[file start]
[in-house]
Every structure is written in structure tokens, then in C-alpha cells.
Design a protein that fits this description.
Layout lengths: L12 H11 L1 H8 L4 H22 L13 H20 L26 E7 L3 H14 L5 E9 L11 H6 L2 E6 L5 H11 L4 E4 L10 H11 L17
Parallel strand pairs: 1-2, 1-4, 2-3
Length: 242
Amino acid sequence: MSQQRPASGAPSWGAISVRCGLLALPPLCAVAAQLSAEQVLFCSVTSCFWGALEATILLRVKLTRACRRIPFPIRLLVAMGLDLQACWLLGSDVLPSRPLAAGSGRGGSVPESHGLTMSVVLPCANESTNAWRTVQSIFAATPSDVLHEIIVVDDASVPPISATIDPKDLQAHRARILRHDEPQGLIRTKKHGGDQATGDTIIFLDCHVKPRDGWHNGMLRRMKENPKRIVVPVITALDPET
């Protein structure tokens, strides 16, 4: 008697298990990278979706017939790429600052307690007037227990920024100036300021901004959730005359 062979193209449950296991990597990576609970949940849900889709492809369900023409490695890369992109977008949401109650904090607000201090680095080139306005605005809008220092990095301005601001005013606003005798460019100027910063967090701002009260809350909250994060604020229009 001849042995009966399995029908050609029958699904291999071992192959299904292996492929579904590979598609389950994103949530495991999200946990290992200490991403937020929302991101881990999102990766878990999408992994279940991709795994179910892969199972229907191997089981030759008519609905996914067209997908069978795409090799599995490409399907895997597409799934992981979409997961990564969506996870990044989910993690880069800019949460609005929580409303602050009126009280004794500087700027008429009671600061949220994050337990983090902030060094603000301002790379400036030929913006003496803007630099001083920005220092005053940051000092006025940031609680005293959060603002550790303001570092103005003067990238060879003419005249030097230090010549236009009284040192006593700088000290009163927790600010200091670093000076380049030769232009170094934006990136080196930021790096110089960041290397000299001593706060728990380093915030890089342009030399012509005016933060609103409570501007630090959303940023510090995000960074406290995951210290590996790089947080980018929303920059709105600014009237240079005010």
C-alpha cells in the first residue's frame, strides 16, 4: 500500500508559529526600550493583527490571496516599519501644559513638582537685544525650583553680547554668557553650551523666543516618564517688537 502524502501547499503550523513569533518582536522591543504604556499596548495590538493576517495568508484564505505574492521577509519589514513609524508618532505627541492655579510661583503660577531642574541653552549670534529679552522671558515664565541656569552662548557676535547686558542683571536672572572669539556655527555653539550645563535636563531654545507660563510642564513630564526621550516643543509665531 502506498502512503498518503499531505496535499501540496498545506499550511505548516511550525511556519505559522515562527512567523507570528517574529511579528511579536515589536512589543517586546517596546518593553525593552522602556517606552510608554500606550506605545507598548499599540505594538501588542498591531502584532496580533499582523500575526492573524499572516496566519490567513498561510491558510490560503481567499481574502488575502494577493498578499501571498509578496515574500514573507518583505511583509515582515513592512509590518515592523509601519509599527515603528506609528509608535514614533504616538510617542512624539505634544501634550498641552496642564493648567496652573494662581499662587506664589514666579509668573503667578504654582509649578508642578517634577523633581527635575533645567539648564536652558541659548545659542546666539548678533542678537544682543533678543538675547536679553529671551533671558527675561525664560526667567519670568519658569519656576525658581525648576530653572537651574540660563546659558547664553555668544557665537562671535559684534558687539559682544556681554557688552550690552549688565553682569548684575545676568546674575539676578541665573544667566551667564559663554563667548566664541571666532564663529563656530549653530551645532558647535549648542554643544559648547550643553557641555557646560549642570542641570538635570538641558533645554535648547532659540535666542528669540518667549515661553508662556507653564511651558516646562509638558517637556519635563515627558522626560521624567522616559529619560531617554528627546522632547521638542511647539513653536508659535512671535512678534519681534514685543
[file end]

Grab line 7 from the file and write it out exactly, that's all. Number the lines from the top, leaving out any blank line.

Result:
Amino acid sequence: MSQQRPASGAPSWGAISVRCGLLALPPLCAVAAQLSAEQVLFCSVTSCFWGALEATILLRVKLTRACRRIPFPIRLLVAMGLDLQACWLLGSDVLPSRPLAAGSGRGGSVPESHGLTMSVVLPCANESTNAWRTVQSIFAATPSDVLHEIIVVDDASVPPISATIDPKDLQAHRARILRHDEPQGLIRTKKHGGDQATGDTIIFLDCHVKPRDGWHNGMLRRMKENPKRIVVPVITALDPET